Some kind of HTML5 game engine, or whatever.
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Want to jump right in? Here's the demo.

Cider is some kind of HTML5 game engine, or whatever. It's currently under construction by Paul Straw, and is in a somewhat usable state.

If you're looking to contribute, I recommend using CodeKit to mash all the ./src stuff down to one file, and Docco for documentation generation (docco src/*.coffee).


Cider ships with a tile-based level editor called Buzz, which you can find in the ./buzz directory. Its input and output are constructors for Cider's Level and Map classes.


Buzz is very easy to configure with a simple JSON file (./buzz/config.json). Right now, it has just two properties: resourcesPrefix and resources. Since Buzz is designed for use inside Cider projects, resourcesPrefix allows you to use the same source images for the editor and your game; it's simply prepended to the url of every item inside resources (you won't need to change this if you're using the default directory structure). resources is used (and structured) in the same way as a Cider Game resources hash without the audio elements.

Here's an example config file to get you started:

	"resourcesPrefix": "../",
	"resources": {
		"bg tiles": "img/bgtiles.png",
		"fg tiles": "img/fgtiles.png",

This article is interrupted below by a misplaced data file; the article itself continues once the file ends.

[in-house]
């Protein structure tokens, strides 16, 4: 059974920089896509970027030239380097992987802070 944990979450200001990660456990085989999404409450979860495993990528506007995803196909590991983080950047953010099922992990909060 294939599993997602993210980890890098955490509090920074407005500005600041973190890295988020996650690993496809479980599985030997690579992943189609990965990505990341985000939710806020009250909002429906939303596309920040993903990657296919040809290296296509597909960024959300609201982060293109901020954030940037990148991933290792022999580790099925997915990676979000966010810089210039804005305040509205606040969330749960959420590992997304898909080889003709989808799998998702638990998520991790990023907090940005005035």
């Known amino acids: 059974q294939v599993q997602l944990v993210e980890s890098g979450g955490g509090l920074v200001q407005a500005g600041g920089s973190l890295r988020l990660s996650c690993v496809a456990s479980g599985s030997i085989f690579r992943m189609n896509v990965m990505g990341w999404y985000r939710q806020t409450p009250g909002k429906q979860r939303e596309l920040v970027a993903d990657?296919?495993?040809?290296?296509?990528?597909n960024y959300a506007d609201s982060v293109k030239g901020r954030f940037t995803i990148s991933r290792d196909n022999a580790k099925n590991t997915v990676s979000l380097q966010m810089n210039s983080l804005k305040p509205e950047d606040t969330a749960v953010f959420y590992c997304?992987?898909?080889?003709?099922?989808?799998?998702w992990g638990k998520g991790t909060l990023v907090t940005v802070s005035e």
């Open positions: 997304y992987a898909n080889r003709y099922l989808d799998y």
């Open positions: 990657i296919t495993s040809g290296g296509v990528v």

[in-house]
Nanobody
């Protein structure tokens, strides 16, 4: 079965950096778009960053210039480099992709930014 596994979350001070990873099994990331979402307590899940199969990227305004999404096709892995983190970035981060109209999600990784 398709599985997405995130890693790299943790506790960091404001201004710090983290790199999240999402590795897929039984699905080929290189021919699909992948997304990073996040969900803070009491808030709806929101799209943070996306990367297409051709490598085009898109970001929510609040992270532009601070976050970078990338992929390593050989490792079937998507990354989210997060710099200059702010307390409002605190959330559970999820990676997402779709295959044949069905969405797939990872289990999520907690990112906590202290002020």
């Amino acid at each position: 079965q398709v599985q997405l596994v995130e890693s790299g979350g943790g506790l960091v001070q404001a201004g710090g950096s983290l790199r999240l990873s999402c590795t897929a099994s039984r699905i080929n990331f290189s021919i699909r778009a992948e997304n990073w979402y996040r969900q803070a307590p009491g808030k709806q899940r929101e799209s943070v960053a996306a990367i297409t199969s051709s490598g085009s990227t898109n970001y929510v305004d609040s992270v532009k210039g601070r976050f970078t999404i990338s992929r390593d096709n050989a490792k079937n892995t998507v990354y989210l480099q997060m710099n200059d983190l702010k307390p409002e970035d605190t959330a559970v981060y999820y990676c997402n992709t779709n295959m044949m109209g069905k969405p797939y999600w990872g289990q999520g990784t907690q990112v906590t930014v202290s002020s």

"stars": "img/stars.gif"


When you load Buzz, a default level is created for you with a tileSize of 32px, and size of 50x25 (1600x800px total). To scroll around the level, just right-click and drag around the editor portion of the screen.

New layers (which translate to Cider Maps on export) are created by clicking the plus button next to the "Layers" header, and selected by clicking on them. Once you've selected a layer, a new section called "Layer Options" will appear below the layers menu with layer-specific controls:

  • Name: The layer's name (this is just for editing convenience).
  • Type: Select whether this layer is aesthetic, or should be used for collision in-game.
  • Tile Size: The size of each square tile in this layer.
  • Distance: Used inside Cider for parallax scrolling; 1 moves with the camera, while higher numbers move more slowly (and therefore appear to be further away).
  • Tileset: Loaded from the resources specified in config.json. When converted to Cider maps, these will appear with the "friendly" name (e.g., tileset: 'fg tiles'), so you should make sure your Buzz config's resources match up with your game's.
  • zIndex: Does what it says on the tin. Lower numbers get drawn behind higher numbers. Cider Entities have a default z-index of 99, so you'll want to keep that in mind if any of your layers should be drawn in front of your entities.

Once you've selected a layer's tileset (and changed its tile size appropriately), you can start drawing. Simply put your mouse over the main canvas and left-click (dragging works, too). Press space to bring up the tile selection screen, then click on a tile (or the "delete" icon) to change your brush. You can also hold cmd/ctrl and click to select whatever tile is below your cursor on the currently selected layer.


Cider and Buzz are licensed under the MIT license. For details, see the COPYING file.